Up To Speed

Incentive-fueled competition between local governments is a failed experiment

Incentive-fueled competition between local governments is a failed experiment.

Kansas City is famous for its “border war” between Kansas and Missouri. The city, oddly enough, sits right on the state line and therefore the two states and counties are in constant competition to undercut one another and poach businesses for their side. Cincinnati’s “border war” is perhaps less publicized, but just as significant due to the fact that the greater downtown area sits in two states, three counties and five cities. The competition to lure businesses and people from one side to the other is counterproductive, and should end immediately. More from Governing Magazine:

For several decades we have been conducting an economic-policy experiment in state and local governments, and now it’s time to stop the testing because the results are clear: The dominant paradigm, incentive-fueled competition among these governments, does not create economic prosperity…Two big facts confirm this conclusion. First, as the New York Times reported last December, states, counties and cities are giving up more than $80 billion each year to companies in tax breaks, outright cash payments, and buildings and worker training. Second, the wages of the taxpayers who have been footing the bill for this stuff have been flat since at least 1979.

We need a national law that prohibits corporations from extracting bribes from state and local governments and bans governments from donating tax dollars to private entities — a sort of domestic equivalent of the Foreign Corrupt Practices Act, which prohibits American companies from bribing foreign governments… It’s time for experiments aimed at testing and developing a new paradigm for economic development, one that channels capitalism’s strengths while protecting the commons and producing a more broadly shared version of prosperity.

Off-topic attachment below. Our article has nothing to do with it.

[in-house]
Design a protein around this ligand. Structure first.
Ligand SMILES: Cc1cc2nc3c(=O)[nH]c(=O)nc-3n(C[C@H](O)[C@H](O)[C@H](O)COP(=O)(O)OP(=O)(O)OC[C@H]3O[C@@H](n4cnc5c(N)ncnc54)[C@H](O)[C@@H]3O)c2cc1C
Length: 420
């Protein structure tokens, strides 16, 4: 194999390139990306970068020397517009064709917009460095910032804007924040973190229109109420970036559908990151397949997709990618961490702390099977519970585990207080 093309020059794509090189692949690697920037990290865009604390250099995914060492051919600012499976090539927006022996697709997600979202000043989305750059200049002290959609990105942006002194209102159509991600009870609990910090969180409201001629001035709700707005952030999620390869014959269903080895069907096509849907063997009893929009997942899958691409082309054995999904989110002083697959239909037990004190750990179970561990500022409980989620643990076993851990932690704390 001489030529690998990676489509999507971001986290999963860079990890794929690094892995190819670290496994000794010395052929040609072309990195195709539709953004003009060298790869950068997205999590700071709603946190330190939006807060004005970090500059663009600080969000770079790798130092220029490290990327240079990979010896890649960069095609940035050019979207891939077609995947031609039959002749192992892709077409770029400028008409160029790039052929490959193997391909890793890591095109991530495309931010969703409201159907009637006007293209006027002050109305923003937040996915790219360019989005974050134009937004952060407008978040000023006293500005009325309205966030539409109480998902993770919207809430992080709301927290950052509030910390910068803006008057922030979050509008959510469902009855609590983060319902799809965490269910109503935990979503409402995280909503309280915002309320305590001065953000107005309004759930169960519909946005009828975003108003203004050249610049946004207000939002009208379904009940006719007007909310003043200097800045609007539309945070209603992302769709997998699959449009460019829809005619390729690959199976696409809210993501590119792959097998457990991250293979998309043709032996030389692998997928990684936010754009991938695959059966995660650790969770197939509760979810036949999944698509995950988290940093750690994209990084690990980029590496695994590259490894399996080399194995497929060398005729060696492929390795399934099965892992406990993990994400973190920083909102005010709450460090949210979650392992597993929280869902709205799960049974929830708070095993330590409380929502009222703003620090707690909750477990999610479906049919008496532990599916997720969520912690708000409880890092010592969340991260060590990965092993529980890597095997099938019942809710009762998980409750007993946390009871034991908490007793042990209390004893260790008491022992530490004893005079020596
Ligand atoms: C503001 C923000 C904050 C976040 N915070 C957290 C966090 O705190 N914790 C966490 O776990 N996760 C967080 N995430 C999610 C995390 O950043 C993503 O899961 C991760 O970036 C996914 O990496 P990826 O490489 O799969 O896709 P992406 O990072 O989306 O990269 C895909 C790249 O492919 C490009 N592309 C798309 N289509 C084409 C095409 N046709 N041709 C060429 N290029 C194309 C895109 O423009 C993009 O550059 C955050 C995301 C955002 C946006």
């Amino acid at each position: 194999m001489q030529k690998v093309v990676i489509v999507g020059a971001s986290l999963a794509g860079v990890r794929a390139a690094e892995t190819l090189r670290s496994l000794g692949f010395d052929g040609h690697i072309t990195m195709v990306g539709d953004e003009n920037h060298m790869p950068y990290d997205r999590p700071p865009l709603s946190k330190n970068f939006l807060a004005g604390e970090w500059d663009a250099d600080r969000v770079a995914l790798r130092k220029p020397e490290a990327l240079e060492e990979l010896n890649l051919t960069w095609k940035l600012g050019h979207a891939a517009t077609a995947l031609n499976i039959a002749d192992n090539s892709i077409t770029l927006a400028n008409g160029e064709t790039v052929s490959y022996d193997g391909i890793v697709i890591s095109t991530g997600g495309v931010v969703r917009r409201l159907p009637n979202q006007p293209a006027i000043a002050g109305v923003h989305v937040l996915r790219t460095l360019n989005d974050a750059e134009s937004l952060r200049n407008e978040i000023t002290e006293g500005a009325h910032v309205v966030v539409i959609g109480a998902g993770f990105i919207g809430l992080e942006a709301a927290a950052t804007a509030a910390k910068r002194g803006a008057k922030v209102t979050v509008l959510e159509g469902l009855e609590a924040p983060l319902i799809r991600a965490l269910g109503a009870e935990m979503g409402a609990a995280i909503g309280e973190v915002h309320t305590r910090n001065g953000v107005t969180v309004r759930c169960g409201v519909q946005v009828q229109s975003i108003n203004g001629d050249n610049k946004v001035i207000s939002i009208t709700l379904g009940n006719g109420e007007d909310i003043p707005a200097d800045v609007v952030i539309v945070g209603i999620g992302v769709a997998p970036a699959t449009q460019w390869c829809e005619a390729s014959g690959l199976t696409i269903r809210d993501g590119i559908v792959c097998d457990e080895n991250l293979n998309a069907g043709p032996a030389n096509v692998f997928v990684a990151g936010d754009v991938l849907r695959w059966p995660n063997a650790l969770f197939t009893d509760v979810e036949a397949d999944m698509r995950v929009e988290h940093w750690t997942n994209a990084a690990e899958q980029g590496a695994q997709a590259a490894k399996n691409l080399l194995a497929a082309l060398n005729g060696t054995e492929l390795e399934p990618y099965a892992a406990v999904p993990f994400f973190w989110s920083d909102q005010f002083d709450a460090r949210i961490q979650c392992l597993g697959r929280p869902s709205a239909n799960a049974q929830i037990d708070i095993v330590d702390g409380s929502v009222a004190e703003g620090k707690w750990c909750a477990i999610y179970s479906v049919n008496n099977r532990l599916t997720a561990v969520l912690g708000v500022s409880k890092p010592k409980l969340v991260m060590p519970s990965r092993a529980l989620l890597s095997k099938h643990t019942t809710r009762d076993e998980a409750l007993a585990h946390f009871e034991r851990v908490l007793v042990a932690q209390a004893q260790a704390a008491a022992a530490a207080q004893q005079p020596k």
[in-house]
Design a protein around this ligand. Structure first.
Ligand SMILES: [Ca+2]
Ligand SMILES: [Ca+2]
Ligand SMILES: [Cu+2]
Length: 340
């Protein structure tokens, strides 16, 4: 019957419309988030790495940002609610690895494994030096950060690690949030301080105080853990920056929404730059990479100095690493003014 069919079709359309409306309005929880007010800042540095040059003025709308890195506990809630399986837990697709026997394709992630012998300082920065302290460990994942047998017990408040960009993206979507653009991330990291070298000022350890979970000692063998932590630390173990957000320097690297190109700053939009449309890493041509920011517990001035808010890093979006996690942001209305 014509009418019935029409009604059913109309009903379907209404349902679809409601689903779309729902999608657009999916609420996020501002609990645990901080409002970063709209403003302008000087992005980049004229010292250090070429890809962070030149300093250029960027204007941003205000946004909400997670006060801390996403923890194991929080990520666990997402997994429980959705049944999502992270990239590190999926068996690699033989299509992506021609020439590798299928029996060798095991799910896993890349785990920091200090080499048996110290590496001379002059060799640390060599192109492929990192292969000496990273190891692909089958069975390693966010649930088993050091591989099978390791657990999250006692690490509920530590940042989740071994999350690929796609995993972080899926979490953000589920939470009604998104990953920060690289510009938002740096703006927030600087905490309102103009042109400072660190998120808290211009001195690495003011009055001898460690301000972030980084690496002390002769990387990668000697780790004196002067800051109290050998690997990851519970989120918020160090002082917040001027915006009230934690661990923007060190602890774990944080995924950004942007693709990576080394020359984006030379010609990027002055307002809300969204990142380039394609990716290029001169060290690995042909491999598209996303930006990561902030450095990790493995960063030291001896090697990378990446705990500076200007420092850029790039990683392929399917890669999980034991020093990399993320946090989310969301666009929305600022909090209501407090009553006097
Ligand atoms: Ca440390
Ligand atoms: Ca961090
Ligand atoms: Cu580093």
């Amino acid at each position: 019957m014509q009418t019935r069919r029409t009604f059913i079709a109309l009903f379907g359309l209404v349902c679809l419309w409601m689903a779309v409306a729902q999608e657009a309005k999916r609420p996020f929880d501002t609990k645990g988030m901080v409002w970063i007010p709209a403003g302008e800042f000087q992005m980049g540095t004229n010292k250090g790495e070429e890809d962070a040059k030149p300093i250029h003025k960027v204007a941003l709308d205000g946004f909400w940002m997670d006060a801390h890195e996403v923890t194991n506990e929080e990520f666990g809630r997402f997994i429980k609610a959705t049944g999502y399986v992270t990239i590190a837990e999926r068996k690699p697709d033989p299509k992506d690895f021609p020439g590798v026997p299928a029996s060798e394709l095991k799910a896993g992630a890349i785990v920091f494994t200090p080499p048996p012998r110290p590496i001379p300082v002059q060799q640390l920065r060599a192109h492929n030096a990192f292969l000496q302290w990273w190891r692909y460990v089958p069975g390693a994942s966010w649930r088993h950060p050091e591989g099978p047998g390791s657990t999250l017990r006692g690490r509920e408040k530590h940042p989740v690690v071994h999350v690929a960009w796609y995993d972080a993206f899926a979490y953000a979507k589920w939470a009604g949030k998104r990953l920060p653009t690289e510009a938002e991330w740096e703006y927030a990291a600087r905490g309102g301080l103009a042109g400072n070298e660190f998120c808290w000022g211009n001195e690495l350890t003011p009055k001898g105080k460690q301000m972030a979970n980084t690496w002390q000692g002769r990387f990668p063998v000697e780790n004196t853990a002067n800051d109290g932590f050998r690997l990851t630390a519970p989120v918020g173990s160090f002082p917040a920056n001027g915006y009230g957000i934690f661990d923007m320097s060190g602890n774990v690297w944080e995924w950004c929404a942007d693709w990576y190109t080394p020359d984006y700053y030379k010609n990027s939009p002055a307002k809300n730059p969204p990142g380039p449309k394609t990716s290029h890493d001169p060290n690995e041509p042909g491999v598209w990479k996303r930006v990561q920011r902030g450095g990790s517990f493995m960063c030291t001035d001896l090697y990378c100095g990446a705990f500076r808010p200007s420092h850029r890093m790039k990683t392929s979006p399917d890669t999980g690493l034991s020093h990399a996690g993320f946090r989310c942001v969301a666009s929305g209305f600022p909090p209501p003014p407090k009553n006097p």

By Randy A. Simes

Randy is an award-winning urban planner who founded UrbanCincy in May 2007. He grew up on Cincinnati’s west side in Covedale, and graduated from the University of Cincinnati’s nationally acclaimed School of Planning in June 2009. In addition to maintaining ownership and serving as the managing editor for UrbanCincy, Randy has worked professionally as a planning consultant throughout the United States, Korea and the Middle East. After brief stints in Atlanta and Chicago, he currently lives in the Daechi neighborhood of Seoul’s Gangnam district.